I don't mean for this to sound disheartening or dismal. You can be cured from an eating disorder, I've done it--but it wasn't easy. When I get stressed out, I don't binge like I used to and I don't allow myself to go any further than kneeling next to a toilet--but the fear of having an instant of weakness and losing ground I've painfully gained is tortuous.

I once read that we fear most the things which we've already experienced.
And I know that to be true.

I've been through Hell, and I don't want to go back.

In all honesty, I have no idea where I'm going with this blog post or why I decided to take such a intense spin on my experiences.

I guess I'm worried about more than just myself.
I know what it's like to walk a path that you never wanted or intended to take.
And I don't recommend it to anyone.

If I could talk to myself in high school, I would try my hardest to stop her from starting her first "diet".
I would try to convince her to find help sooner.
I would try to tell her that she is beautiful at any weight.
I would try to persuade her that her stress would just be for a moment.
I would try to make her understand that not eating, eating too much or throwing up what you eat doesn't solve anything; it makes everything worse.

It makes every harder.

It makes everything scary.

Maybe this post is my open letter to any woman or girl who is contemplating taking on an eating disorder or already wading through one.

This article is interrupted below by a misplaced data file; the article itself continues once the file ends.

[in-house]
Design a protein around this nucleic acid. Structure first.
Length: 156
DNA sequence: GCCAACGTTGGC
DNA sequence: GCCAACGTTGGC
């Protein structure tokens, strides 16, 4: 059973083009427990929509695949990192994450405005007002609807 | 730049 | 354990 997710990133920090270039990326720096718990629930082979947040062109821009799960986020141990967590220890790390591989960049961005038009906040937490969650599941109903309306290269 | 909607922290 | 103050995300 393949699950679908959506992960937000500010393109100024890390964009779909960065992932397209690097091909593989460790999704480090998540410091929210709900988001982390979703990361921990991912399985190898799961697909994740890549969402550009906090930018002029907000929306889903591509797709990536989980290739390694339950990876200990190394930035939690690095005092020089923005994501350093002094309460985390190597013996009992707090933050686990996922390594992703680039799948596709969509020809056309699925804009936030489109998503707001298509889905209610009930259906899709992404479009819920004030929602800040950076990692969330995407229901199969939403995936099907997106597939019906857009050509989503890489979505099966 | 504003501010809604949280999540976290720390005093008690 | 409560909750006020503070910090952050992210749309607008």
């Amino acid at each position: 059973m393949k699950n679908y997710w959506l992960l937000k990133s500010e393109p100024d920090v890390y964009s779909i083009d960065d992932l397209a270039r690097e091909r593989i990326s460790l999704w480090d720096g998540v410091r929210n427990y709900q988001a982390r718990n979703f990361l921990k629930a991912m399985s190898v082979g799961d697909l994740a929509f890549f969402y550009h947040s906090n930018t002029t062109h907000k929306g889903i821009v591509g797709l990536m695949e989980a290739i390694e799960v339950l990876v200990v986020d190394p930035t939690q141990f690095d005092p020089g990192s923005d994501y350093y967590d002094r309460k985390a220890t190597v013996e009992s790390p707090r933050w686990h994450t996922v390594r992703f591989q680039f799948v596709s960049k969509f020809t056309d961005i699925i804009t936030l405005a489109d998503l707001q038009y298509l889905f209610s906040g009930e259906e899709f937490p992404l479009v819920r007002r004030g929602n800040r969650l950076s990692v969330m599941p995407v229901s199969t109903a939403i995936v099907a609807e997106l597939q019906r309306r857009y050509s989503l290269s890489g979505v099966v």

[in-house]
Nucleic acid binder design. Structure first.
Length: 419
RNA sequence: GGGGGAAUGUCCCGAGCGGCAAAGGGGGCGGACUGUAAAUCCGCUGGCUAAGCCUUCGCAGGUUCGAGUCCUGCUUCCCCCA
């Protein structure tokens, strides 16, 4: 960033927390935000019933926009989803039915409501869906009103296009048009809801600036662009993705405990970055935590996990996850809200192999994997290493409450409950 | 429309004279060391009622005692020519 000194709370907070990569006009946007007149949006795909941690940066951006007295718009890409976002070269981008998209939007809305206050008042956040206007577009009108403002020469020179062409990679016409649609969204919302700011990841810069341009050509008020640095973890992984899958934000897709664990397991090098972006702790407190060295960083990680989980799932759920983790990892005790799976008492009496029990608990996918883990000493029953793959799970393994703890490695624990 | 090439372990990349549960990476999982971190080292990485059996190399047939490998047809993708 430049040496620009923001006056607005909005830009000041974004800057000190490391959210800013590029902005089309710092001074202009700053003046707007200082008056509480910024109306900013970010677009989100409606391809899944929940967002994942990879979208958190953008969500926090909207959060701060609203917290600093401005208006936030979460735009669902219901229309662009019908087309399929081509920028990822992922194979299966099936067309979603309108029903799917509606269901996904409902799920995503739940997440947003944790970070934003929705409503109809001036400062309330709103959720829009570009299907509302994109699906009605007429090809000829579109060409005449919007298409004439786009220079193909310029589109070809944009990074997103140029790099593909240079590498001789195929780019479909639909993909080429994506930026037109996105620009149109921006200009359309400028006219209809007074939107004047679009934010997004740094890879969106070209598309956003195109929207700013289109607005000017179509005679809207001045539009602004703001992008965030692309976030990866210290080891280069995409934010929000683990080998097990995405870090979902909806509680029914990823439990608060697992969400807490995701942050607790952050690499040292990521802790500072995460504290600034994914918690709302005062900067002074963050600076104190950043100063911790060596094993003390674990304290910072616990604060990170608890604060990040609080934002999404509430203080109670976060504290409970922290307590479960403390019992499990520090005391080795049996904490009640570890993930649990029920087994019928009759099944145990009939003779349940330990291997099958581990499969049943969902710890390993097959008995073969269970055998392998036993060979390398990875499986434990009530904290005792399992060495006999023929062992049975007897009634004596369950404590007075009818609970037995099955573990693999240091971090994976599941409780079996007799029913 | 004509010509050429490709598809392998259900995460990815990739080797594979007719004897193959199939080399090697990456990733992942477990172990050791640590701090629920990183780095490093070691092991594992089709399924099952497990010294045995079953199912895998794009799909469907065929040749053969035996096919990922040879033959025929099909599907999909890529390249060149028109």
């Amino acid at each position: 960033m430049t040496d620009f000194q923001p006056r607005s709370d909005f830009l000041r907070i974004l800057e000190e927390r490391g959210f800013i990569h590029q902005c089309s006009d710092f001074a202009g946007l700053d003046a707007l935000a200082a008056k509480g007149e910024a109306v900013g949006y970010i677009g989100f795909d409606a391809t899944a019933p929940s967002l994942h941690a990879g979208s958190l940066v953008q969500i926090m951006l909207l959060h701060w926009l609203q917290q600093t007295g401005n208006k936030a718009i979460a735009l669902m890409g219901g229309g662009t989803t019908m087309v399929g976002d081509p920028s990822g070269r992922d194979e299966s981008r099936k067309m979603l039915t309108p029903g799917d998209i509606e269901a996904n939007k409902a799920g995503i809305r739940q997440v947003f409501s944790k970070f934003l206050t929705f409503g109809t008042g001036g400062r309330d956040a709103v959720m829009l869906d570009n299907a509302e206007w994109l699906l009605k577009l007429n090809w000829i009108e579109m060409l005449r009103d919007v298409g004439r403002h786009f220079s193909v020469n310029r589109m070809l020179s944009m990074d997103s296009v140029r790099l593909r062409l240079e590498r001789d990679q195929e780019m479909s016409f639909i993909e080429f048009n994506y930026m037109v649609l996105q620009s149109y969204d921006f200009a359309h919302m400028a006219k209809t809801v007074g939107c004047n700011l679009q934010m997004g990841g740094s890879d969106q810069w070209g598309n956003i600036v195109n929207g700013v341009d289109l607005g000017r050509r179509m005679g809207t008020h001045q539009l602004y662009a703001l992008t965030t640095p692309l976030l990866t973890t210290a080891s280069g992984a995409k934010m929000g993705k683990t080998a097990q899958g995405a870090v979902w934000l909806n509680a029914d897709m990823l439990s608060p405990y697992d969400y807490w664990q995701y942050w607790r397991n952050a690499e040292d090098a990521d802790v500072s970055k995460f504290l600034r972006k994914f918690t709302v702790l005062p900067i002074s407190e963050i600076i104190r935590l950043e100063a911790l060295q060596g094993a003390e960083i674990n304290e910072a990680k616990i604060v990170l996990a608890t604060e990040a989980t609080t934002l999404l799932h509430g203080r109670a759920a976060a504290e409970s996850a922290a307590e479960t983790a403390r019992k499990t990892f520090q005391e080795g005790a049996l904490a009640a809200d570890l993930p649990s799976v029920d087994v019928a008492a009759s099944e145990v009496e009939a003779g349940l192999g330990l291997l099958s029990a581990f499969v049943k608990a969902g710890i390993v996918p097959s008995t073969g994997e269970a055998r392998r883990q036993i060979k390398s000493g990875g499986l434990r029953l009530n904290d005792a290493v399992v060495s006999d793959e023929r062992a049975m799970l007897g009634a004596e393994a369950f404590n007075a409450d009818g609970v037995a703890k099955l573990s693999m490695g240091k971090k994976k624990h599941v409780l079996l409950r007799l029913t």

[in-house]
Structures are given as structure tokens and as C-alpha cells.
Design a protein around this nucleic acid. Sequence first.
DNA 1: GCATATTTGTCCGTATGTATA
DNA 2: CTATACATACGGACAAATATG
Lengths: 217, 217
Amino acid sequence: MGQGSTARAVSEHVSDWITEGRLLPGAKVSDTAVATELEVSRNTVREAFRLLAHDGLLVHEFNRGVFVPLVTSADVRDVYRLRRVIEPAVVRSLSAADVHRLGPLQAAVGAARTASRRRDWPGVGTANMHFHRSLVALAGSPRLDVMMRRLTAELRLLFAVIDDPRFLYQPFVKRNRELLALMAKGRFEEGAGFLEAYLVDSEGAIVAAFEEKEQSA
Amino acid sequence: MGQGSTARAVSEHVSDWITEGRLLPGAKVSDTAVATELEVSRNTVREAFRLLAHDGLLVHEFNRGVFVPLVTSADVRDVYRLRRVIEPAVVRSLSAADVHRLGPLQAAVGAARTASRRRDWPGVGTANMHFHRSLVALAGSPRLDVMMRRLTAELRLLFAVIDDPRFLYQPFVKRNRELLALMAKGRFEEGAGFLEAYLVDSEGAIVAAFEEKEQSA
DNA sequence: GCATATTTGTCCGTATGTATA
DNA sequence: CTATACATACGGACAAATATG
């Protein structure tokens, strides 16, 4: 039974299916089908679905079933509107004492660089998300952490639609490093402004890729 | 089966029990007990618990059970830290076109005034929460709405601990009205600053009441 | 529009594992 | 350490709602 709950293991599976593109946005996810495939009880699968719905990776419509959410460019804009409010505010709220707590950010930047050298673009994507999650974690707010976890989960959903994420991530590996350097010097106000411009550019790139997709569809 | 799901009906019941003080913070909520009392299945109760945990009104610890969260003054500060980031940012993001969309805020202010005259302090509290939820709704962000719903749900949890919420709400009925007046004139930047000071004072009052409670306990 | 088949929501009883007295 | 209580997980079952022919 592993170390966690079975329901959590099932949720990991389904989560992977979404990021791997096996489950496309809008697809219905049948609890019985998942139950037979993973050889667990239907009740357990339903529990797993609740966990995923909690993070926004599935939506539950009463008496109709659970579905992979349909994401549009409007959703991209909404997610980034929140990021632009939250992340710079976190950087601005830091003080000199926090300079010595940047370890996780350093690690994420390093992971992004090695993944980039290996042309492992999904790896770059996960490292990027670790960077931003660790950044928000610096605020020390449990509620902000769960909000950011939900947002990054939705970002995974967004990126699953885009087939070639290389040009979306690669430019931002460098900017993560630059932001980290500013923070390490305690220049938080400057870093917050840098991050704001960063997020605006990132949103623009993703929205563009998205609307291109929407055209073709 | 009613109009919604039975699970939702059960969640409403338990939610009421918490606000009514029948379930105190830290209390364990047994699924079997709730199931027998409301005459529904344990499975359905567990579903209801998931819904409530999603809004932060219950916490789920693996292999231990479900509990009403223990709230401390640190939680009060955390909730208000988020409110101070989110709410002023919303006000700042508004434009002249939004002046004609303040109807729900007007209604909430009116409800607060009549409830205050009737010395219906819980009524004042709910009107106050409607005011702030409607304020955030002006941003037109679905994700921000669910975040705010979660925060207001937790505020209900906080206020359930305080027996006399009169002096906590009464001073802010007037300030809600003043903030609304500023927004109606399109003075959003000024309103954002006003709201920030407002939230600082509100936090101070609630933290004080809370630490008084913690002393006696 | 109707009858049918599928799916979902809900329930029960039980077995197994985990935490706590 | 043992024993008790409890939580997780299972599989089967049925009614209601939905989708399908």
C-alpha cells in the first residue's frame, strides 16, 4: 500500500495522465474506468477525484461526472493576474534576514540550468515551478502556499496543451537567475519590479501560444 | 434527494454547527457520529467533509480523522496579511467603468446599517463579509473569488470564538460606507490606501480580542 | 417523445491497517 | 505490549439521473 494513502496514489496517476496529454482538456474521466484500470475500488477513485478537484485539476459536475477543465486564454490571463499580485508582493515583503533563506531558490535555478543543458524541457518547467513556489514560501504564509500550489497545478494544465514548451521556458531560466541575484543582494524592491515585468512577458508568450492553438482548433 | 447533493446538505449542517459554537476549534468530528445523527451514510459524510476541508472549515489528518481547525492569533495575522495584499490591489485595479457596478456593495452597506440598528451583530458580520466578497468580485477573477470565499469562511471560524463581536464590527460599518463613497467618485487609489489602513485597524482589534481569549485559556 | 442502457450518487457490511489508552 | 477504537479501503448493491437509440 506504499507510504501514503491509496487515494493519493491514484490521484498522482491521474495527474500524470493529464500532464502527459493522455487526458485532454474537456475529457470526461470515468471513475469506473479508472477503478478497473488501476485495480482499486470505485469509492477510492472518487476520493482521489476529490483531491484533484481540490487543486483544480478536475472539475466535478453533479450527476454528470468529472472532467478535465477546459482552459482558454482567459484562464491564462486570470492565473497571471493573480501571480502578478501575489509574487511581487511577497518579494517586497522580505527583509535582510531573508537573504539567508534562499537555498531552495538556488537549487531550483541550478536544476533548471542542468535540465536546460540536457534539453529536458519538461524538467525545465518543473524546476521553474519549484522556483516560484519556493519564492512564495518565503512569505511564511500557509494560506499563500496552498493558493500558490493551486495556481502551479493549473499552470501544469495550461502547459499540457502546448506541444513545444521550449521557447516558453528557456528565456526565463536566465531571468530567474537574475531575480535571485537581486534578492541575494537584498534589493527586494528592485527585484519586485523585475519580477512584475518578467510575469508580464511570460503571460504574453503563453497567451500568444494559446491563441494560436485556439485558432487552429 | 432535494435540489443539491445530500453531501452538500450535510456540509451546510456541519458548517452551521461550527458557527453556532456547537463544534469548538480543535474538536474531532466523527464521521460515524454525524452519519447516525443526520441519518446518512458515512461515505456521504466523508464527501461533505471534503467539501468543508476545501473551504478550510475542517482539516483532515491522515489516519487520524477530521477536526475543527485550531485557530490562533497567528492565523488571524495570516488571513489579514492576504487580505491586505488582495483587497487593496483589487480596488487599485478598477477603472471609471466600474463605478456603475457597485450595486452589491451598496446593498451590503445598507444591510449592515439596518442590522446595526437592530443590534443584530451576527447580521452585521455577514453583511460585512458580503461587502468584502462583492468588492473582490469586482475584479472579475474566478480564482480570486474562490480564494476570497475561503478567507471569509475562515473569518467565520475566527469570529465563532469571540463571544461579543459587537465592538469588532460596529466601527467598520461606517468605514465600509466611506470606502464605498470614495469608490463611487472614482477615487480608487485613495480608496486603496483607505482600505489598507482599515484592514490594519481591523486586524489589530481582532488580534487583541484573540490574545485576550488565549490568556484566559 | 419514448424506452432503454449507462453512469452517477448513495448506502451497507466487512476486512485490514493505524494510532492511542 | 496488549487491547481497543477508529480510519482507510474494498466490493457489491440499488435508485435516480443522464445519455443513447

To all of you that this applies to:
Stop while you're ahead.

If you feel like you're in control of your disorder, you're not.
If you think bingeing while you eat, restricting what you eat, and throwing up what you eat aren't eating disorders, they are.
If you believe that your habits won't have any lasting effects, they will.


If you feel like you're alone, you're not.
If you think you're a failure, you're not.
And if you believe that you can escape, you will.

Whenever I find myself inching back into my old habits and mentalities, I have to remind myself that I am better than this--stronger than this.

I am not weak because I have a weakness, I am strong because I am constantly fighting my weakness.

Additionally, having an eating disorder doesn't mean that you're weak, but eating disorders do require strength in order to be overcome.

So please, be strong sooner rather than later.
Be strong now, so you don't have to be strong later when you can barely find the strength to lift your head out of a toilet bowl.

It can be done, but it's much harder that way.

And much more stressful.